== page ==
RZ is pricey, but you definitely get value for your money. EVERYTHING’s included. From the activities, drinks, food and snacks to even the internet. The staff are exceptionally well trained and the food is of the highest quality. That afternoon we leisurely paddled down the river in canoes. You might think this entailed a strenuous upstream paddle back to the lodge? Not so; a motorboat waited for us at the turning point. With our drinks order taken we then went with another motorboat upstream for a marvelous sunset cruise. The picturesque Zambezi is quite wide here, interspersed with reed islands (full of wildlife) and shallow sand banks. Majestic mountains to the north signifies the border of the valley.

Guided canoeing. Great fun.

Lone inquisitive buffalo on an island.

Cruising in style.

Fishing was on the agenda for the next morning and we woke at first light to a gorgeous blood red glow on the eastern horizon. Our group of six were split onto two boats. It was extremely enjoyable to be out on the water and I was lucky enough to catch my first tiger fish as well as a few feisty chesas. The other boat had more luck as they caught four tigers between the three of them. A game drive (which turned out like no other before) was scheduled for the afternoon in the nearby Lower Zambezi National Park. Our guide informed us that a leopard with its kill and a pride of lions were spotted roughly 30 km into the park, so we made a dash for it. The narrow dirt road was bad and the going was rough. We saw everything as promised and more. On the way back we had sunset drinks in the open veld with a herd of buffalo grazing nearby. After a 5 hour roller coaster journey we arrived back in camp and were duly confronted by an elephant (in the foyer!) after we had our dinner.


Tiger Tiger!

Fancy a swim?



I don’t know whether it was the same elephant but I woke during the early hours of the morning to the noise of an elephant foraging on an unfortunate tree right next to our bungalow. It was in no hurry and in the silence of the night I could hear its bowel movements. After relieving itself (imagine a miniature waterfall) and scratching its bum on the side of our viewing deck, it leisurely moved on.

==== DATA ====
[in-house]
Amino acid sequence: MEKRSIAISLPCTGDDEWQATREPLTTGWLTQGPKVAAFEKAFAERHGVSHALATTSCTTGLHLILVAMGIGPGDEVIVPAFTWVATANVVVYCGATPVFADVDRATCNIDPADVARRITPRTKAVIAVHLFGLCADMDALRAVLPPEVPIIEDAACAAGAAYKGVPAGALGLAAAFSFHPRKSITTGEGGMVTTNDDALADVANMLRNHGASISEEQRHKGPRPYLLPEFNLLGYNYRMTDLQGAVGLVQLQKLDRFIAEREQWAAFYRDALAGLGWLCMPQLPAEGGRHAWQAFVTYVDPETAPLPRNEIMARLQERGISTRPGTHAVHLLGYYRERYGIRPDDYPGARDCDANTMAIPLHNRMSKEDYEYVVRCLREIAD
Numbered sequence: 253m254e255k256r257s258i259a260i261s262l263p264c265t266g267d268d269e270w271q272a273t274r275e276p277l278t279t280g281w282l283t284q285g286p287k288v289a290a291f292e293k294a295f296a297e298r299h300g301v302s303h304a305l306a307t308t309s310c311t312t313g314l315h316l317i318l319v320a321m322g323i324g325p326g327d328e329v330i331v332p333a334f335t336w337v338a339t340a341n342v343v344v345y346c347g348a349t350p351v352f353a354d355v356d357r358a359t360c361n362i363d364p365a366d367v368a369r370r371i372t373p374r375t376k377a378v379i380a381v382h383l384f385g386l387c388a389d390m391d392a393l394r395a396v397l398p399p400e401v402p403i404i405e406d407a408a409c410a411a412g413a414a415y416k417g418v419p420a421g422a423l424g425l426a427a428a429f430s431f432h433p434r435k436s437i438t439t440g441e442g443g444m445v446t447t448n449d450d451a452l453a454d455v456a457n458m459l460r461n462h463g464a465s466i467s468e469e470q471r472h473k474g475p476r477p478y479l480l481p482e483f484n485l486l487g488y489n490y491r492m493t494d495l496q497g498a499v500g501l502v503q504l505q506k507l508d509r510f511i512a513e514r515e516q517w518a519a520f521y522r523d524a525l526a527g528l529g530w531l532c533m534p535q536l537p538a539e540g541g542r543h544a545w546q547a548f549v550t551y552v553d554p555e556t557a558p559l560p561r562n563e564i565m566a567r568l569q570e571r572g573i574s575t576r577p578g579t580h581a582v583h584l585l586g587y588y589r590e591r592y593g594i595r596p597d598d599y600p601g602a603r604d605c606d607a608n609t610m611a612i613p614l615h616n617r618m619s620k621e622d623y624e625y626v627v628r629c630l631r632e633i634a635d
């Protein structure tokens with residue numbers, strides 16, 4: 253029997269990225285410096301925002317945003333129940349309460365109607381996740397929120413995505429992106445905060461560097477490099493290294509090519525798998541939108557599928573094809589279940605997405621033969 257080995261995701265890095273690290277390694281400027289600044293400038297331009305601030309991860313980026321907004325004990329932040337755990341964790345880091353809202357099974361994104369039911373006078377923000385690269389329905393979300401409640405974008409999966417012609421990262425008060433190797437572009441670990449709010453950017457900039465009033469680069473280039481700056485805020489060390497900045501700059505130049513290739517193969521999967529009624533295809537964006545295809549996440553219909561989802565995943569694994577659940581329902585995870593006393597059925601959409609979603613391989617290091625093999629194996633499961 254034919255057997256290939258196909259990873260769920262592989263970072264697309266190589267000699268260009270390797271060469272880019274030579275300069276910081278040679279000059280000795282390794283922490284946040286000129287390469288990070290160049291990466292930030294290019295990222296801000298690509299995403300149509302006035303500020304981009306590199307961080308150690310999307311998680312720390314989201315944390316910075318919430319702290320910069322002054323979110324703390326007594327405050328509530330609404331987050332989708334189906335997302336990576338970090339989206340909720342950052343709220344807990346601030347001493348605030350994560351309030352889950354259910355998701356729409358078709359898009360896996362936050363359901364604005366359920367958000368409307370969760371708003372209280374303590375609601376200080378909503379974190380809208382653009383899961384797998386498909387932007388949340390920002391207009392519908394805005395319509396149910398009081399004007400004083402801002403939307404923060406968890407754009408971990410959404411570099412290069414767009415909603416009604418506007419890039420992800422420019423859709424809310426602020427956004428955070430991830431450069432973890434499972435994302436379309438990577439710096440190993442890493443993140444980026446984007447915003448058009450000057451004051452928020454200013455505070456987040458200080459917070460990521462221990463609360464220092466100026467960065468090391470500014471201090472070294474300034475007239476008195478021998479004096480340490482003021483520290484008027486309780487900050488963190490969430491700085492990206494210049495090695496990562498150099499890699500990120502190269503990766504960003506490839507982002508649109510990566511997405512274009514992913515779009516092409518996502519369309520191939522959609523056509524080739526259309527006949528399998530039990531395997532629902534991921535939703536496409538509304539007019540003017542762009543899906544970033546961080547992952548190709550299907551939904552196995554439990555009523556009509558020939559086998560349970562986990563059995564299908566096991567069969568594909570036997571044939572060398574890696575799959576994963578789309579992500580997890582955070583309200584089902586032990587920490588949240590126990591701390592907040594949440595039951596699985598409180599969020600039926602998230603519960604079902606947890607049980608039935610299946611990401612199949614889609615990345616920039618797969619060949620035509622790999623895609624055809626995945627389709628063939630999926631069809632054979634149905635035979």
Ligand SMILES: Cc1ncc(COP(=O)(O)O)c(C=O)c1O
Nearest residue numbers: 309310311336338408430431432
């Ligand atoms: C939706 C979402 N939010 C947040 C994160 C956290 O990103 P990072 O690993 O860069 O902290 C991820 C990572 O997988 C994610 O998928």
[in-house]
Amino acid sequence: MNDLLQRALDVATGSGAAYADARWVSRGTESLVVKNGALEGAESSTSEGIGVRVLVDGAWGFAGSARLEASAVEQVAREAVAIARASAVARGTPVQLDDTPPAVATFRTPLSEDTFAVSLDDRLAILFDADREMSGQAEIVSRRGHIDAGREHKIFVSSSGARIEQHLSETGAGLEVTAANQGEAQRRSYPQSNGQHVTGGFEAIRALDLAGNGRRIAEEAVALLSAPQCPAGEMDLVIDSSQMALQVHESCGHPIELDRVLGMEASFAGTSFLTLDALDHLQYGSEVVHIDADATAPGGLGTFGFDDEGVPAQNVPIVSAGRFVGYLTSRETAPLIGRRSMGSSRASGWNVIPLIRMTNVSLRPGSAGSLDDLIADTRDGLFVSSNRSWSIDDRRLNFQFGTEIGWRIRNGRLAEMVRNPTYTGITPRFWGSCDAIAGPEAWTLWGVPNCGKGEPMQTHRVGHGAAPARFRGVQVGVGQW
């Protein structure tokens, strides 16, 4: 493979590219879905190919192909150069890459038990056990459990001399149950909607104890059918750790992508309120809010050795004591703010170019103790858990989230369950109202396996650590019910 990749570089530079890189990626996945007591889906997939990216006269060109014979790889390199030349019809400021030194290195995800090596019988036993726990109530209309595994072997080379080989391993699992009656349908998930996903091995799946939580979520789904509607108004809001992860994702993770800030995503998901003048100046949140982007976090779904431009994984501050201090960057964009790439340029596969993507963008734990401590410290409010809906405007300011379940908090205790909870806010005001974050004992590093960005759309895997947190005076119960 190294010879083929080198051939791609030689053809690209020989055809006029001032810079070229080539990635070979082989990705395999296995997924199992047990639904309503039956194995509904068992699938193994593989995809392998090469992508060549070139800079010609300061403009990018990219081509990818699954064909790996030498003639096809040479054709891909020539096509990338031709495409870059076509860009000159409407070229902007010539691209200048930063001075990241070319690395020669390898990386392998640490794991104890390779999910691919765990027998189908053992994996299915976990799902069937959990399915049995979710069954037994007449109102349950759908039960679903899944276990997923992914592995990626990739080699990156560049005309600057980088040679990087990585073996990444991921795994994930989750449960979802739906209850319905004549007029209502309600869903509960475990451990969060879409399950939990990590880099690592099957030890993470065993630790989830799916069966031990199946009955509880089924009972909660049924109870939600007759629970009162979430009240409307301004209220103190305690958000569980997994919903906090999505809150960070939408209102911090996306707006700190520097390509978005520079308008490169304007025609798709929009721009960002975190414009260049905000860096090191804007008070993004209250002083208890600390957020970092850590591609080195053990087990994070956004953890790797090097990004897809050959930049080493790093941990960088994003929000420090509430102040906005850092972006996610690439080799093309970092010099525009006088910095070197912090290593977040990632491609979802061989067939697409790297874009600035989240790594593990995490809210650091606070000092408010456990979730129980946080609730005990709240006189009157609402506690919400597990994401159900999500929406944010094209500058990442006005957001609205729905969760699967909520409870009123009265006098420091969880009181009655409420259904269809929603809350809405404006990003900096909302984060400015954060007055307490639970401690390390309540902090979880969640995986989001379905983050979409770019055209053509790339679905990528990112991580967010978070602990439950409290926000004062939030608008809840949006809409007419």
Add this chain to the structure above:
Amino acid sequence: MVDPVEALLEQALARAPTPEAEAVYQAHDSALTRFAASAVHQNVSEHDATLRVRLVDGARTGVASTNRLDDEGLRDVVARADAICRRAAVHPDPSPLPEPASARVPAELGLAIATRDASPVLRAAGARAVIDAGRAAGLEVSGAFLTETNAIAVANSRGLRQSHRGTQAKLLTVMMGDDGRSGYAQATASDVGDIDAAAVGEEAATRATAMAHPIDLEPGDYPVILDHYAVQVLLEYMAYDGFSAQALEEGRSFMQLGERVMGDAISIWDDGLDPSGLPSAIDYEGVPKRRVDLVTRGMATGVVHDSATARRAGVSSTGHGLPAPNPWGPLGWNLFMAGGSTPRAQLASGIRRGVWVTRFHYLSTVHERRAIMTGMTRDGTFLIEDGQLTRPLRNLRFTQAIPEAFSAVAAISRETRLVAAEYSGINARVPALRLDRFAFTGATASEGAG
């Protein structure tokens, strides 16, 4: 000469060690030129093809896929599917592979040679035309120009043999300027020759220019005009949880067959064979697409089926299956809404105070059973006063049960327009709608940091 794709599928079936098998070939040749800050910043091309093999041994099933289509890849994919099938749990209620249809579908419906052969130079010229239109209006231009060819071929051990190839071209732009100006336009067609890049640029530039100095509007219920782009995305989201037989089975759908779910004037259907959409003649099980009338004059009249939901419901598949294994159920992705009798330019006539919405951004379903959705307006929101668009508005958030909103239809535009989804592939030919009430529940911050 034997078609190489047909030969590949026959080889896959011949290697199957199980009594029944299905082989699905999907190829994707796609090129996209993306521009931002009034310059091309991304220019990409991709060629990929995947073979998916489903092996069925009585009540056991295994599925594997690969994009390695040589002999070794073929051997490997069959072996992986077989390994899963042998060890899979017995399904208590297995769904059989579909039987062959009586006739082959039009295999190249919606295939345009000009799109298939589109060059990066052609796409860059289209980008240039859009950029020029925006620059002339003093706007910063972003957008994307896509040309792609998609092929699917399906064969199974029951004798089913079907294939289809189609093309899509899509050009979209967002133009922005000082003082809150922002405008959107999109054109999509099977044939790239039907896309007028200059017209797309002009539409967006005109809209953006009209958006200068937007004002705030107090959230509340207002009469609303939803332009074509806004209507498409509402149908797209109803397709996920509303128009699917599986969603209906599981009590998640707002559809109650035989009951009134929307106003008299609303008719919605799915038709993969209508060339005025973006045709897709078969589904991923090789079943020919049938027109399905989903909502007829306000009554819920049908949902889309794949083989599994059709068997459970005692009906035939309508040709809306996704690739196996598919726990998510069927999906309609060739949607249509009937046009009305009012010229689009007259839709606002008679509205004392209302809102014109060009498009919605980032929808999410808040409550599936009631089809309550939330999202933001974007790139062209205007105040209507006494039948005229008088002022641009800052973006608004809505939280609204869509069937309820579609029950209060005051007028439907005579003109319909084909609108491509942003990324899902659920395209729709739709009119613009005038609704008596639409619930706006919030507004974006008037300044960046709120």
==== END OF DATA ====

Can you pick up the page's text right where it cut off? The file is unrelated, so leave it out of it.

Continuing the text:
View from the dining area deck.

Later I woke with a heavy heart as our trip was coming to an end. What an incredible six days it had been. We flew the short hop to Lusaka to refuel and do customs. This was the least pleasant part of our trip as everything at the airport is very disorganized. We climbed out of Lusaka to FL125 and the Bonnie made light work of the 516nm leg to Polokwane. A welcome 20 knot tailwind gave us ground speeds of between 190 and 200 knots and we covered the distance in 2h:45m.

At Polokwane we refuelled, did customs and then parted ways with our travel companions in ZS-SRS as they headed for Pretoria. With an even stronger tailwind we blazed a trail through the sky over Limpopo on our way to Mpumalanga. Seeing the landscape rapidly change beneath us to the familiar sight of the Highveld, it occurred to me just how much we had seen and experienced  in the past six days and how fortunate we are to live in Africa.  Zambia is a truly magnificent country with unbridled beauty and variety.

View more photos here : Facebook photos

For more info on Royal Zambezi Lodge : www.royal